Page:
Strengthening loss and damage response capacity in the Global South (STRENGTH)
After mitigation and adaptation, loss and damage emerged as the third pillar for international climate negotiation. Loss and damage refer to irreparable losses (such as loss of species, or land taken over by rising seas) and recoverable damages (damaged buildings, roads, power lines, etc.) from climate change. Research investments in the Global South that inform global negotiations on loss and damage are limited, resulting in a lack of evidence to support policy development and a lack of clarity on how vulnerable countries can formulate policy responses at the national level.
It is critical for loss and damage to be addressed with a greater sense of clarity at the 2023 global stocktake of the Paris Agreement. This requires a large-scale effort to systematically document a vast number of losses and damages associated with climate change extremes and slow-onset events. There is a risk that many important facets of losses and damages will be missed, such as how slow-onset events are causing loss of culture and human health, or how the species loss of plants and animals will jeopardize rural women’s livelihoods.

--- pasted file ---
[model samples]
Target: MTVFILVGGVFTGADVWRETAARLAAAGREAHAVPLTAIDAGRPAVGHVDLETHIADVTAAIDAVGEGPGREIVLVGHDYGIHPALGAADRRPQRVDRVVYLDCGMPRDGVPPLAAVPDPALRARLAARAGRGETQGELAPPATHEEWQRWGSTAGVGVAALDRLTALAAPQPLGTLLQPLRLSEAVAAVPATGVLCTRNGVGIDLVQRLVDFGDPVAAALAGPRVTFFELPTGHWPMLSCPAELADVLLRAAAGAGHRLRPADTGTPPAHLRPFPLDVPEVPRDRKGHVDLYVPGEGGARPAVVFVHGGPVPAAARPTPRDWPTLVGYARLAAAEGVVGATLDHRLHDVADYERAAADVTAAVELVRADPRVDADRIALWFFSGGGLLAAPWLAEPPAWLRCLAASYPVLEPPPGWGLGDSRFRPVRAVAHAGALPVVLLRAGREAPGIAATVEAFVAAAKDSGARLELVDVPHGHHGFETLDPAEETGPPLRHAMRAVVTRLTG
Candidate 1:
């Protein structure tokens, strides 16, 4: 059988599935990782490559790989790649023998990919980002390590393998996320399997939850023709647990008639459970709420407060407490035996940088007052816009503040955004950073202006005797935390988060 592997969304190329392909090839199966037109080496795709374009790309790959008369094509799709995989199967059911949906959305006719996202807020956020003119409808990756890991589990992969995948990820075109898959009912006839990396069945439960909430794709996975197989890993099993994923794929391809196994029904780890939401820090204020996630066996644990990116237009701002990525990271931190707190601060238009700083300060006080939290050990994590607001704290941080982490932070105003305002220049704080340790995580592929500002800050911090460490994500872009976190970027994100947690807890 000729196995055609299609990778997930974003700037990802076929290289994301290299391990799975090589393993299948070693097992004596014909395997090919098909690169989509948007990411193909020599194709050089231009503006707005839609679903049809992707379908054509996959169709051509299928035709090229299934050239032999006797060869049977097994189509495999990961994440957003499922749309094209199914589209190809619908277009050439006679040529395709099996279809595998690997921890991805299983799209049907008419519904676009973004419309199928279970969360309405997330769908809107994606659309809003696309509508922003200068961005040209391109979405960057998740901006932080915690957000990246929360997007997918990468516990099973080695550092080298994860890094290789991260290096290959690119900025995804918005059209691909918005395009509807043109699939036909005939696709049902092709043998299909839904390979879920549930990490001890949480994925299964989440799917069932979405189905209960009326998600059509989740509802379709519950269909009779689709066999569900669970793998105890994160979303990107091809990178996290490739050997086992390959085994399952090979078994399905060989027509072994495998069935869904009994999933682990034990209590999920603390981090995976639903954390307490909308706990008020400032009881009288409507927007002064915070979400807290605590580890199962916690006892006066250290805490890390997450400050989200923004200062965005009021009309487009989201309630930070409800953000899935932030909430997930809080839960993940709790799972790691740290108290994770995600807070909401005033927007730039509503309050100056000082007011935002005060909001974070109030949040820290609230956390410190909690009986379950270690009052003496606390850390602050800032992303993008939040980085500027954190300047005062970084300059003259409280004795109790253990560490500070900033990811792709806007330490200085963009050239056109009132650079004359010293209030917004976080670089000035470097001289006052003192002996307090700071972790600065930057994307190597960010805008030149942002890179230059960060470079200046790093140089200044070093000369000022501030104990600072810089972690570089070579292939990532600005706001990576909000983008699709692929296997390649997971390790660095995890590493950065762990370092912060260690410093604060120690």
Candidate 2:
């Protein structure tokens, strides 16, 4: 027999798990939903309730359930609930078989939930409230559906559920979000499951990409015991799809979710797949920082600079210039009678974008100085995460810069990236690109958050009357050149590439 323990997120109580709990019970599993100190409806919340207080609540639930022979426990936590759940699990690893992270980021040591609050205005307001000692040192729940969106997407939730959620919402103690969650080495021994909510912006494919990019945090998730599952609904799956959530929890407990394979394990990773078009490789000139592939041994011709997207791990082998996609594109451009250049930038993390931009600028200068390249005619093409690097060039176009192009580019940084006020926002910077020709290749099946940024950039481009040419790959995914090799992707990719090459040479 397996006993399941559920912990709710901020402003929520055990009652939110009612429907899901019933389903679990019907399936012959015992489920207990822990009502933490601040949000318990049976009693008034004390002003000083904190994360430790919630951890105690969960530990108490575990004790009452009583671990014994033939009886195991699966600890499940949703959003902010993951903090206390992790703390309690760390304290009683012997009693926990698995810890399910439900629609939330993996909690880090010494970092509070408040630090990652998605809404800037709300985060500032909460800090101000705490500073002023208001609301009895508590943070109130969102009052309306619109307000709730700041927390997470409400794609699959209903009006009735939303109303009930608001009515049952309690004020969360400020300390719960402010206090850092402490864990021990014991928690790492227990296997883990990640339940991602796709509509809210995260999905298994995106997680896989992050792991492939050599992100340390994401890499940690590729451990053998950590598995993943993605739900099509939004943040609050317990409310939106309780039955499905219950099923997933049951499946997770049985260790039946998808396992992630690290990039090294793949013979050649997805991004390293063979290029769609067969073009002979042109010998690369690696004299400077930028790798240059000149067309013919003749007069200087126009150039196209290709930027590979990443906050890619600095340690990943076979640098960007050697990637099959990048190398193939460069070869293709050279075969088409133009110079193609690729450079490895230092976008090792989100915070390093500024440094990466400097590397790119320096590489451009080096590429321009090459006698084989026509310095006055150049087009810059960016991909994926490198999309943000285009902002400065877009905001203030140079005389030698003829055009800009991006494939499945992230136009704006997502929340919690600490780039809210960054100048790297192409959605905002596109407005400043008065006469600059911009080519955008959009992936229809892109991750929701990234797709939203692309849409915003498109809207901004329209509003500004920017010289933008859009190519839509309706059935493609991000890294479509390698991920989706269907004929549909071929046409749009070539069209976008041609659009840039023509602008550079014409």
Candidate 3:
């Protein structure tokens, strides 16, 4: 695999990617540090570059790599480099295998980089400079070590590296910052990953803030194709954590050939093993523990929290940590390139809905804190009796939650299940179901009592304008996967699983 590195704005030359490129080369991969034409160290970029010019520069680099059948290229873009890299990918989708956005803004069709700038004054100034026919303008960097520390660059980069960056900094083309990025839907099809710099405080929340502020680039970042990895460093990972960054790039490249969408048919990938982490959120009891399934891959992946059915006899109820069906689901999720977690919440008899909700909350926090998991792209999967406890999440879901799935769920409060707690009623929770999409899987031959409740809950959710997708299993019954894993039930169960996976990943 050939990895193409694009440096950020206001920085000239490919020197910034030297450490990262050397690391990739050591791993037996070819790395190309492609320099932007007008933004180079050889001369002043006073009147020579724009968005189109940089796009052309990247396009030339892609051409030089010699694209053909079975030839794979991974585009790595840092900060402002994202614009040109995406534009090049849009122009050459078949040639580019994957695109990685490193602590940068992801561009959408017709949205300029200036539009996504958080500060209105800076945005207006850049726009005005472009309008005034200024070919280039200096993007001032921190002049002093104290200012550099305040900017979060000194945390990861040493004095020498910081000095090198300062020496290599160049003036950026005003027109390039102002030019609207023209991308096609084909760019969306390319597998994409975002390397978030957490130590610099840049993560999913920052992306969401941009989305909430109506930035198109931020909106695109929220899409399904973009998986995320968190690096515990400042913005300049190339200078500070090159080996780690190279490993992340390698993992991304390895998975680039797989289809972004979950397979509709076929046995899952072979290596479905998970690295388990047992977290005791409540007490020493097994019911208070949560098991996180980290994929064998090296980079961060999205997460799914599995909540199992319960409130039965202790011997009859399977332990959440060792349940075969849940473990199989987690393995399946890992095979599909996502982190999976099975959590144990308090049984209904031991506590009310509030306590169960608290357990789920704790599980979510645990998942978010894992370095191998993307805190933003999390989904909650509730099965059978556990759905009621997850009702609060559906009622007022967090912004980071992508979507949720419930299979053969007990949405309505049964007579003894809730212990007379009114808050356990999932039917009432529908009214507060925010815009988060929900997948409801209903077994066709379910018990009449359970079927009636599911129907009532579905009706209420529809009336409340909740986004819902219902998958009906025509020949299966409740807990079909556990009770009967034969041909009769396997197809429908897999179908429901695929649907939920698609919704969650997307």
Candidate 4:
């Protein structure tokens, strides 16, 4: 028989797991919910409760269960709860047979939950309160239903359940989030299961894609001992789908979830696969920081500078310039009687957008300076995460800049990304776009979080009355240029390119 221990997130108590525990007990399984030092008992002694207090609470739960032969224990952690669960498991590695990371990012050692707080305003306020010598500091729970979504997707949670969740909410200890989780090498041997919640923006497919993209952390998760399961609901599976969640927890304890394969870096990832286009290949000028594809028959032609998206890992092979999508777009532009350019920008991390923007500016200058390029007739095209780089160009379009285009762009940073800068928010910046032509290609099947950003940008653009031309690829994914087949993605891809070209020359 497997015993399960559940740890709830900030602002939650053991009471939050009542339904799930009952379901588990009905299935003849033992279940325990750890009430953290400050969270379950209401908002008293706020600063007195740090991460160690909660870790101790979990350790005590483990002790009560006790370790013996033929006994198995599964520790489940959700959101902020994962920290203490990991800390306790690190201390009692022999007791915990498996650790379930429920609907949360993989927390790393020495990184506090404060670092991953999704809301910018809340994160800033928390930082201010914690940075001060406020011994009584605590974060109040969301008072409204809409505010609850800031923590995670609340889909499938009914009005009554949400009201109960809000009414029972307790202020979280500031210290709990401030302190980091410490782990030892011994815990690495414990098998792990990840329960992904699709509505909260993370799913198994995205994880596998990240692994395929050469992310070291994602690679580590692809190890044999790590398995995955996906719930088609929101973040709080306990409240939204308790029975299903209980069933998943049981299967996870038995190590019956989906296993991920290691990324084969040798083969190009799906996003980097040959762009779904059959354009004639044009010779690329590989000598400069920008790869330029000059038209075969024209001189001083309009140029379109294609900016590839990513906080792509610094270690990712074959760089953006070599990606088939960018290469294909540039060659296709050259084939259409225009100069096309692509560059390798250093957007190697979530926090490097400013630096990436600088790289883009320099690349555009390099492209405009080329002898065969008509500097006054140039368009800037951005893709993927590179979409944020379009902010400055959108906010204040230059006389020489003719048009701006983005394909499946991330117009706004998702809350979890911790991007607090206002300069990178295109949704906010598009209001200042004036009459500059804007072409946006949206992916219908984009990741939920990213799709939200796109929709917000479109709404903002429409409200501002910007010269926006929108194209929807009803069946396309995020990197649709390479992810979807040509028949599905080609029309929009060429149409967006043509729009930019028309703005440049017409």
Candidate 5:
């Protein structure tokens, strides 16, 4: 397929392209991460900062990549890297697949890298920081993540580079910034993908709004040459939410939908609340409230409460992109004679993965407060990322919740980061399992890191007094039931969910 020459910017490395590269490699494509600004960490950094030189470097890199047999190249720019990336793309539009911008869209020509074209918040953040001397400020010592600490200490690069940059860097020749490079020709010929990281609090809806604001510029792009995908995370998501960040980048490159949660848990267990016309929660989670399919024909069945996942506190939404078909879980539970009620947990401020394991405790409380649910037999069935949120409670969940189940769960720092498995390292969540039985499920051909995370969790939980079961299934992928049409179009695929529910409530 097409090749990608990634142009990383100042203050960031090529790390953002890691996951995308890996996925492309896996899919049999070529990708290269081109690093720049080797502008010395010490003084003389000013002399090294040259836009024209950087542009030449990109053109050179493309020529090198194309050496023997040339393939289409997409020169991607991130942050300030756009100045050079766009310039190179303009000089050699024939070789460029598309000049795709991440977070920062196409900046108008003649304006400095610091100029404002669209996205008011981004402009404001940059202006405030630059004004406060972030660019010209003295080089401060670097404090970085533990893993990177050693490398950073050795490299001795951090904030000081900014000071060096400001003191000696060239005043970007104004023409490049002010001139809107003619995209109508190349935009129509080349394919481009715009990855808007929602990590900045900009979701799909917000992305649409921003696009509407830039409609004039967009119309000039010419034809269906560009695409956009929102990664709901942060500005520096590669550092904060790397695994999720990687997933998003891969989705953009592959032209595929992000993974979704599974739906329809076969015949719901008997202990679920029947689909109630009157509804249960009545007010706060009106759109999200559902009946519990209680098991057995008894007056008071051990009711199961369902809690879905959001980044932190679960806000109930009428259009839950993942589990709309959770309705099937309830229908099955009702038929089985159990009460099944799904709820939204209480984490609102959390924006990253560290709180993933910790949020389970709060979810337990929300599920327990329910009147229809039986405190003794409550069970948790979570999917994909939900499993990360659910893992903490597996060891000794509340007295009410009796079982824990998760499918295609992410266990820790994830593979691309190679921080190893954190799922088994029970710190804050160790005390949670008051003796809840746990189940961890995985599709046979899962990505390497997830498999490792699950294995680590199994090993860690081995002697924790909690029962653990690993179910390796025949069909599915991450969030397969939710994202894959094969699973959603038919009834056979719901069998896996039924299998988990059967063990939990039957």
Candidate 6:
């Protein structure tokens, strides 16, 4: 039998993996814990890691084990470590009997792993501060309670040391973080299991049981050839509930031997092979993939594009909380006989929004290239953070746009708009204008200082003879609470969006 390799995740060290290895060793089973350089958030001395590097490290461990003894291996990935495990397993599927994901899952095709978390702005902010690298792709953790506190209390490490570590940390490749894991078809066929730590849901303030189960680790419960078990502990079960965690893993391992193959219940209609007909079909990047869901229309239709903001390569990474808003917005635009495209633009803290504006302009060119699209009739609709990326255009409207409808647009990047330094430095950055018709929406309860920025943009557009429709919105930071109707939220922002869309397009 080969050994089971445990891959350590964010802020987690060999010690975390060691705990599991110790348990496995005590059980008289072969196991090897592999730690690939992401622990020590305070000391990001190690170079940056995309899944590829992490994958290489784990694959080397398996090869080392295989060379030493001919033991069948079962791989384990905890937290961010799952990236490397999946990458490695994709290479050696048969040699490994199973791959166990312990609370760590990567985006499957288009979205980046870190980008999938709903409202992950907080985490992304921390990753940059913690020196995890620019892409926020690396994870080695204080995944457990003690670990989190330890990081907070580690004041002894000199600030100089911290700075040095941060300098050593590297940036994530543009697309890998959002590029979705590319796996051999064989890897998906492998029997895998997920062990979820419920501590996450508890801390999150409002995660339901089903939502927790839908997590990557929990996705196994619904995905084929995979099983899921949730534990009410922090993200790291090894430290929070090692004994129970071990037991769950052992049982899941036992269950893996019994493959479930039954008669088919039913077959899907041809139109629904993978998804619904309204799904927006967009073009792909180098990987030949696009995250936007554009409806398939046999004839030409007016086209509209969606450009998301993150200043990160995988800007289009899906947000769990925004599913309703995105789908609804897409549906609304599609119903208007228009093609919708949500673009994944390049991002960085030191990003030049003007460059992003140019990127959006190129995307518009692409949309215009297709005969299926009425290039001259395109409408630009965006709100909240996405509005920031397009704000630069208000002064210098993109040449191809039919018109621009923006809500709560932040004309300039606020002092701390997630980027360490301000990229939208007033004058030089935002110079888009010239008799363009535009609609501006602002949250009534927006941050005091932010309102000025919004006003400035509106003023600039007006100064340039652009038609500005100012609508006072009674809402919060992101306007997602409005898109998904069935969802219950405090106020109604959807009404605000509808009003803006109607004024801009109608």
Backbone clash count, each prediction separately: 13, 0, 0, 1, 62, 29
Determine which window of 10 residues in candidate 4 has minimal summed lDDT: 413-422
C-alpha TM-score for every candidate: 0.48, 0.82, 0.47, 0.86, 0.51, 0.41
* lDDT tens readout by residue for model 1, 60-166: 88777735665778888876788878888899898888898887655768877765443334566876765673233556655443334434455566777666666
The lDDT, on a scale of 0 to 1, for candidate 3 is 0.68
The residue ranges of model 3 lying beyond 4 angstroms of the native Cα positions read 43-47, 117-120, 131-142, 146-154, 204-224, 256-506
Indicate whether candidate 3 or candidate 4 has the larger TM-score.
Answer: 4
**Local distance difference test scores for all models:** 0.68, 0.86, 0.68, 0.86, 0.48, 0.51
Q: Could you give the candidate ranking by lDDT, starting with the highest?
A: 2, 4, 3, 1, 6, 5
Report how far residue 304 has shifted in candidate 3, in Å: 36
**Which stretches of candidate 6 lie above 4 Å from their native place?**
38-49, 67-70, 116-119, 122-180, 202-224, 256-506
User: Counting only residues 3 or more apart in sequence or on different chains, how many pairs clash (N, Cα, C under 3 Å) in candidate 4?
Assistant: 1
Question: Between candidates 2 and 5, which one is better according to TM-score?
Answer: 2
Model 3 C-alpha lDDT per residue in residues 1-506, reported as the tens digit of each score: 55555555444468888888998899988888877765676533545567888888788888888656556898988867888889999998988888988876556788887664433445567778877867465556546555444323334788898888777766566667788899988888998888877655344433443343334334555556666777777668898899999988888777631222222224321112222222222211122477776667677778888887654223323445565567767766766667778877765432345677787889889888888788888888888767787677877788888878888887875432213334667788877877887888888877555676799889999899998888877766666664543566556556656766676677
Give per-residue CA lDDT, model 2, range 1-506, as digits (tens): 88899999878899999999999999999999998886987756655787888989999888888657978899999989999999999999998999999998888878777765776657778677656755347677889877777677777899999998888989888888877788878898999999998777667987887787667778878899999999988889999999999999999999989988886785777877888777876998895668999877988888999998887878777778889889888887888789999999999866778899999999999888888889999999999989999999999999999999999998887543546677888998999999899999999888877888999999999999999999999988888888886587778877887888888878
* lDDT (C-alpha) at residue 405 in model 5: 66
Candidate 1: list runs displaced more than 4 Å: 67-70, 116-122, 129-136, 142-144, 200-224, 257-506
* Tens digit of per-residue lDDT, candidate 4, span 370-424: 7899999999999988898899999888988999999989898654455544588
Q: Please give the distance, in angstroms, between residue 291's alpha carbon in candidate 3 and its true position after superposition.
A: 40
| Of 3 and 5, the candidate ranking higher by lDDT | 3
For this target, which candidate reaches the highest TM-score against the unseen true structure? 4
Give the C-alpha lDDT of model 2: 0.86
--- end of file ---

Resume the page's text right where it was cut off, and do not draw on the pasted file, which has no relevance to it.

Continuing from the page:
This project will support the development of country-level loss and damage policy and implementation mechanisms in the Global South. It will use a three-pronged collaborative research strategy: critical review of documented knowledge and discourse; country-level diagnostic studies and collaborative pilot policy actions; and a series of dialogues and knowledge exchange forums. The project will illuminate how strategies of loss and damage can be instituted in different policy and socio-environmental contexts, including lessons that can be learned from pre-existing risk governance systems.